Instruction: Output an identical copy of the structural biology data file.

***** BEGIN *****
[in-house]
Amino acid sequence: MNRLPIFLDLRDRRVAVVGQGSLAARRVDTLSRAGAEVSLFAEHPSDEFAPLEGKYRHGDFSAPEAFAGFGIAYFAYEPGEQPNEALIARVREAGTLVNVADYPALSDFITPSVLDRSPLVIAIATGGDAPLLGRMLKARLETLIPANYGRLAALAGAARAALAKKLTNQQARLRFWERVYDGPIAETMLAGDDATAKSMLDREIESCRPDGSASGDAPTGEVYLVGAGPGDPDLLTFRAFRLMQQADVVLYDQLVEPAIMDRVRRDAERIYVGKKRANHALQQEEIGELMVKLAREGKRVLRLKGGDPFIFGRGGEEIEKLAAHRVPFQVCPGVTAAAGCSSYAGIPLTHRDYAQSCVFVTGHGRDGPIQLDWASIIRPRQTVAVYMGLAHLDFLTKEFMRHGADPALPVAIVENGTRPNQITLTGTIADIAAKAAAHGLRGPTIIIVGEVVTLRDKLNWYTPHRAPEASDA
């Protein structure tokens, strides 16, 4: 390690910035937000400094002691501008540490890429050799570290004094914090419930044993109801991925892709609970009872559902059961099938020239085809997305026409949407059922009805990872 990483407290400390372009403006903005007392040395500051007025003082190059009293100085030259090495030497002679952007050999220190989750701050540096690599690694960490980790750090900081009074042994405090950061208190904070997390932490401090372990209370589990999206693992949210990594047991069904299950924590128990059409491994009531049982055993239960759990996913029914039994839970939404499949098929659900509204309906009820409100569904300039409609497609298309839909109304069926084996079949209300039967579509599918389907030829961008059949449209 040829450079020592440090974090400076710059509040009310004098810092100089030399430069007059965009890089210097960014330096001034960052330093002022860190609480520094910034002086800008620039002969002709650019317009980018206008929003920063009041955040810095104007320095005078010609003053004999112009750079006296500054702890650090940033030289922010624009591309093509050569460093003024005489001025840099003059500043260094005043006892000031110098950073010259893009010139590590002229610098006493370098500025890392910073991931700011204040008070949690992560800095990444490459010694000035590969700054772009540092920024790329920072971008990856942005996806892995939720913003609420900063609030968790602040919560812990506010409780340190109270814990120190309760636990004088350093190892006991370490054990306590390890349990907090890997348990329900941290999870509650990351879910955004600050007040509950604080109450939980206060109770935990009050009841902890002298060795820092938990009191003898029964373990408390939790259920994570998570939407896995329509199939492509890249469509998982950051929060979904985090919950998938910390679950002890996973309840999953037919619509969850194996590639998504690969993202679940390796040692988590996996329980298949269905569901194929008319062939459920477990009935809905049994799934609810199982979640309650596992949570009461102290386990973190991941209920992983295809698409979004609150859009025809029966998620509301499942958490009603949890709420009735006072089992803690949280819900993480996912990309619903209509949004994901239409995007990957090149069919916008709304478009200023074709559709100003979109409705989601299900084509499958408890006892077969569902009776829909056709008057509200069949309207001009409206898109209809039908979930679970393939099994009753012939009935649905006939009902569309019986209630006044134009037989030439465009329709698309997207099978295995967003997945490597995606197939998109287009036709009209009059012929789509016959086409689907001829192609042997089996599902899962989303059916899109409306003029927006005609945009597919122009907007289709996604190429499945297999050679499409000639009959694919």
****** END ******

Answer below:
[in-house]
Amino acid sequence: MNRLPIFLDLRDRRVAVVGQGSLAARRVDTLSRAGAEVSLFAEHPSDEFAPLEGKYRHGDFSAPEAFAGFGIAYFAYEPGEQPNEALIARVREAGTLVNVADYPALSDFITPSVLDRSPLVIAIATGGDAPLLGRMLKARLETLIPANYGRLAALAGAARAALAKKLTNQQARLRFWERVYDGPIAETMLAGDDATAKSMLDREIESCRPDGSASGDAPTGEVYLVGAGPGDPDLLTFRAFRLMQQADVVLYDQLVEPAIMDRVRRDAERIYVGKKRANHALQQEEIGELMVKLAREGKRVLRLKGGDPFIFGRGGEEIEKLAAHRVPFQVCPGVTAAAGCSSYAGIPLTHRDYAQSCVFVTGHGRDGPIQLDWASIIRPRQTVAVYMGLAHLDFLTKEFMRHGADPALPVAIVENGTRPNQITLTGTIADIAAKAAAHGLRGPTIIIVGEVVTLRDKLNWYTPHRAPEASDA
């Protein structure tokens, strides 16, 4: 390690910035937000400094002691501008540490890429050799570290004094914090419930044993109801991925892709609970009872559902059961099938020239085809997305026409949407059922009805990872 990483407290400390372009403006903005007392040395500051007025003082190059009293100085030259090495030497002679952007050999220190989750701050540096690599690694960490980790750090900081009074042994405090950061208190904070997390932490401090372990209370589990999206693992949210990594047991069904299950924590128990059409491994009531049982055993239960759990996913029914039994839970939404499949098929659900509204309906009820409100569904300039409609497609298309839909109304069926084996079949209300039967579509599918389907030829961008059949449209 040829450079020592440090974090400076710059509040009310004098810092100089030399430069007059965009890089210097960014330096001034960052330093002022860190609480520094910034002086800008620039002969002709650019317009980018206008929003920063009041955040810095104007320095005078010609003053004999112009750079006296500054702890650090940033030289922010624009591309093509050569460093003024005489001025840099003059500043260094005043006892000031110098950073010259893009010139590590002229610098006493370098500025890392910073991931700011204040008070949690992560800095990444490459010694000035590969700054772009540092920024790329920072971008990856942005996806892995939720913003609420900063609030968790602040919560812990506010409780340190109270814990120190309760636990004088350093190892006991370490054990306590390890349990907090890997348990329900941290999870509650990351879910955004600050007040509950604080109450939980206060109770935990009050009841902890002298060795820092938990009191003898029964373990408390939790259920994570998570939407896995329509199939492509890249469509998982950051929060979904985090919950998938910390679950002890996973309840999953037919619509969850194996590639998504690969993202679940390796040692988590996996329980298949269905569901194929008319062939459920477990009935809905049994799934609810199982979640309650596992949570009461102290386990973190991941209920992983295809698409979004609150859009025809029966998620509301499942958490009603949890709420009735006072089992803690949280819900993480996912990309619903209509949004994901239409995007990957090149069919916008709304478009200023074709559709100003979109409705989601299900084509499958408890006892077969569902009776829909056709008057509200069949309207001009409206898109209809039908979930679970393939099994009753012939009935649905006939009902569309019986209630006044134009037989030439465009329709698309997207099978295995967003997945490597995606197939998109287009036709009209009059012929789509016959086409689907001829192609042997089996599902899962989303059916899109409306003029927006005609945009597919122009907007289709996604190429499945297999050679499409000639009959694919």